6 end-of-year tips for charitable giving before possible tax reform


Although a possible tax reform could have an impact on your financial planning in 2022, there is still time this year to take advantage of the current climate and potentially save on your 2021 tax bill. year and season of giving, your charitable strategy can be a powerful force in making a difference for the causes you care about and potentially minimizing some of your tax burden.

Whether you are writing checks to your favorite charities, preparing for retirement or the peak of your career, or have had a high earning year selling your business or receiving a bonus, you can always take measures to reduce your taxable income. Work with your trusted financial advisor to leverage these five giving strategies and create more impact before it’s too late:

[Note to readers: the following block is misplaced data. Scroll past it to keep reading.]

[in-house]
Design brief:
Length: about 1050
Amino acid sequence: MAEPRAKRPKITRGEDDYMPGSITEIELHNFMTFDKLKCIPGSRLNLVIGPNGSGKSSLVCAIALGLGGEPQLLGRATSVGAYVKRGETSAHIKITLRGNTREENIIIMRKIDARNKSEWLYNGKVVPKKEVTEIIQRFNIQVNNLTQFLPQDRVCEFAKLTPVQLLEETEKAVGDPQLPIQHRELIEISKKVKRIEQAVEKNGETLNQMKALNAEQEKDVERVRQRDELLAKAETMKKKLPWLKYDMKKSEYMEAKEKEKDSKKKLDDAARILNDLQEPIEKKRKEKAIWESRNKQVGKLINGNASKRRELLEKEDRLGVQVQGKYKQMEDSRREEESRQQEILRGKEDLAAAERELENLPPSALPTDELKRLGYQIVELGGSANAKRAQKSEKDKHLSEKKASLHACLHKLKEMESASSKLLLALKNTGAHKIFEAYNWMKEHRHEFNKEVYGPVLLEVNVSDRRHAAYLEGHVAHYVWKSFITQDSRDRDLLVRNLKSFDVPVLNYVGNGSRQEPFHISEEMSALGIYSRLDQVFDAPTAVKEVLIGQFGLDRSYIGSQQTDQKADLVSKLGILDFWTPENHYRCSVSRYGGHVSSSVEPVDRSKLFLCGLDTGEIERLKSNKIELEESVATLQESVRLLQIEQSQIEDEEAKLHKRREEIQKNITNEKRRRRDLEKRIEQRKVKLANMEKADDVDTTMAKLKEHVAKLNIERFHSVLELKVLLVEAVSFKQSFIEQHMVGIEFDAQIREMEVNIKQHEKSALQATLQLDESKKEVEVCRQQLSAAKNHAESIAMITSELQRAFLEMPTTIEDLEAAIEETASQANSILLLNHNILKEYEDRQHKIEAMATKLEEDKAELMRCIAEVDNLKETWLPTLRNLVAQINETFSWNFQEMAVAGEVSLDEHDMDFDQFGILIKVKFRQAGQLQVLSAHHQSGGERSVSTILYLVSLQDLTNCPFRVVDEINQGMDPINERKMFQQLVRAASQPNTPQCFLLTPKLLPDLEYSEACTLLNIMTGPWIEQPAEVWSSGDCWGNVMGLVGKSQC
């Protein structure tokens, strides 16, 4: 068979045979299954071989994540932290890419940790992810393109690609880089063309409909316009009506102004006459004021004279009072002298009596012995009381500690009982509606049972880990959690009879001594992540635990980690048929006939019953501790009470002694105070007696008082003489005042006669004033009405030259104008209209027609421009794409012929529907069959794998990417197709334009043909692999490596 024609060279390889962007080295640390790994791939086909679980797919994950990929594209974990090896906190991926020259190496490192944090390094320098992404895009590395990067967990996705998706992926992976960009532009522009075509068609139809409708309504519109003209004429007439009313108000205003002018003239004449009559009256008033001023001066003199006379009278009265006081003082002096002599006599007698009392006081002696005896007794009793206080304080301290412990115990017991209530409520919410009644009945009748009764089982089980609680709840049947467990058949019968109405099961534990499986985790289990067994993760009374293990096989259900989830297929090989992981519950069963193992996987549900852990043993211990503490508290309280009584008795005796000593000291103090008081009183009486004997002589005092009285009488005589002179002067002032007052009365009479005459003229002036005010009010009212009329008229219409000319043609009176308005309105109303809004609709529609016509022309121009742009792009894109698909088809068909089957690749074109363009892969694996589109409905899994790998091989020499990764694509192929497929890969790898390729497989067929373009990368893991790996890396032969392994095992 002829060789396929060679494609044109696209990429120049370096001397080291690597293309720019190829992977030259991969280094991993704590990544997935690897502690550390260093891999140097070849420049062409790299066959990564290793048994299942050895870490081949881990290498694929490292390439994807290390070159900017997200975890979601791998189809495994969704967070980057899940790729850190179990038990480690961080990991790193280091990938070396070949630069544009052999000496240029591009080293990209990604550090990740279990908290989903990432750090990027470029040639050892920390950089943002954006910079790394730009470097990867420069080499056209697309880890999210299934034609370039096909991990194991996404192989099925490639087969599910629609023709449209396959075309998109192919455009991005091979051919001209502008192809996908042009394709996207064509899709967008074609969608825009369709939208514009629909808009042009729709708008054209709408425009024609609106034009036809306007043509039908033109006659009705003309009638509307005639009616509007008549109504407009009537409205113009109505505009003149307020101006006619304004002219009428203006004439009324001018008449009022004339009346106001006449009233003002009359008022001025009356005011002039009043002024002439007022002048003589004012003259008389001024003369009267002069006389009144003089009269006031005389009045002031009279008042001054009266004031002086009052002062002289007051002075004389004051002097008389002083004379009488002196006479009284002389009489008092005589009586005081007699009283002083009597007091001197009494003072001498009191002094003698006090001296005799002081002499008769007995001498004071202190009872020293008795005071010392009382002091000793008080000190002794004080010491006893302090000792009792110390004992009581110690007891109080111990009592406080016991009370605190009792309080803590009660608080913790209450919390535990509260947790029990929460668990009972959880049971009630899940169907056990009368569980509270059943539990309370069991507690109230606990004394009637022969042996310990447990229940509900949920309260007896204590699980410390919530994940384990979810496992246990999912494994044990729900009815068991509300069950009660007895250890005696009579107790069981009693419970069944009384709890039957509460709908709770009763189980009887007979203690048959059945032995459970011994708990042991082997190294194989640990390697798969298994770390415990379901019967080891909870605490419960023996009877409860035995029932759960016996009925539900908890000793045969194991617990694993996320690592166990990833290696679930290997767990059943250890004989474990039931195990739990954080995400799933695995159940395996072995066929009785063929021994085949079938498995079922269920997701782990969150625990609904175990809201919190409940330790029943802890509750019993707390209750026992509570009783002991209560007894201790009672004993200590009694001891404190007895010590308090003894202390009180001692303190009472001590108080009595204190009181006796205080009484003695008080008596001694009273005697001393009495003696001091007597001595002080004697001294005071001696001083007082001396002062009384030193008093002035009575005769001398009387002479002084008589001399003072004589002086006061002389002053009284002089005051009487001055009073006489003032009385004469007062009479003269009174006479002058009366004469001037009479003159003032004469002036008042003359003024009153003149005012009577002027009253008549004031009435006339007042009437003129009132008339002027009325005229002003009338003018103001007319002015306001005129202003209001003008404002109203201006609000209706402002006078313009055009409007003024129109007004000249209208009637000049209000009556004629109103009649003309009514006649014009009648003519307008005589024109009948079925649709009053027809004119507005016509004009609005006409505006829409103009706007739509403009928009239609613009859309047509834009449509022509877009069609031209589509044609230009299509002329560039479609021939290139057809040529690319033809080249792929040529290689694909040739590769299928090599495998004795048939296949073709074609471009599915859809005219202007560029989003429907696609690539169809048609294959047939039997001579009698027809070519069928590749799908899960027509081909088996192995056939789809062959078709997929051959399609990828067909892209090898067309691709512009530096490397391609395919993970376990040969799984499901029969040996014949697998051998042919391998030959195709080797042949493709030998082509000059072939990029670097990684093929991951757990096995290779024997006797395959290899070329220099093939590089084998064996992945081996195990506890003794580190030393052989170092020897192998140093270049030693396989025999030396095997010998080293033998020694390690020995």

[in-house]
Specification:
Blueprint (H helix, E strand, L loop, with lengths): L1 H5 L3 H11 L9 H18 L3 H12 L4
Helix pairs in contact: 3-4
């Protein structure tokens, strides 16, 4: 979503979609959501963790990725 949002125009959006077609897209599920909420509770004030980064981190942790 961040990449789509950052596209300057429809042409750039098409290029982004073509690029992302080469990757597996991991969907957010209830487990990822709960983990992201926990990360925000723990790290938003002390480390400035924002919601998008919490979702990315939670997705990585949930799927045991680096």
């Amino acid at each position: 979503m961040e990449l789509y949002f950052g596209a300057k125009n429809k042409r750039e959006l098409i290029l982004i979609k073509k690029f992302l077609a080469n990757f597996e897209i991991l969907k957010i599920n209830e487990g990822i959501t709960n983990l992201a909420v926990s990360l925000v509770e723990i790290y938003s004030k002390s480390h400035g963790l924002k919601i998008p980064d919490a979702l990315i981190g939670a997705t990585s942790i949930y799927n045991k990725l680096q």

1. Think beyond cash as a donation

Choosing the right asset to fund your giving can enhance your philanthropy. Instead of writing checks or entering your credit card number, examine your wallet in preparation for donating long-term valued securities (stocks, mutual funds or bonds) or shares of private companies often neglected (LLC, LP interests, C- or S- corporate actions). Cryptocurrency (Bitcoin, Bitcoin Cash, Ethereum, and Litecoin) is also a great source of philanthropic funding right now that should definitely be considered.

Why? Capital gains taxes can be eliminated when you bring long-term appreciated assets directly to a charity instead of selling the assets yourself and donating the after-tax proceeds. When you assume 20% federal long-term capital gains tax, plus a 3.8% Medicare surtax, it results in a potential increase of at least 23.8% in your charitable contribution and a potential reduction. of your tax payable.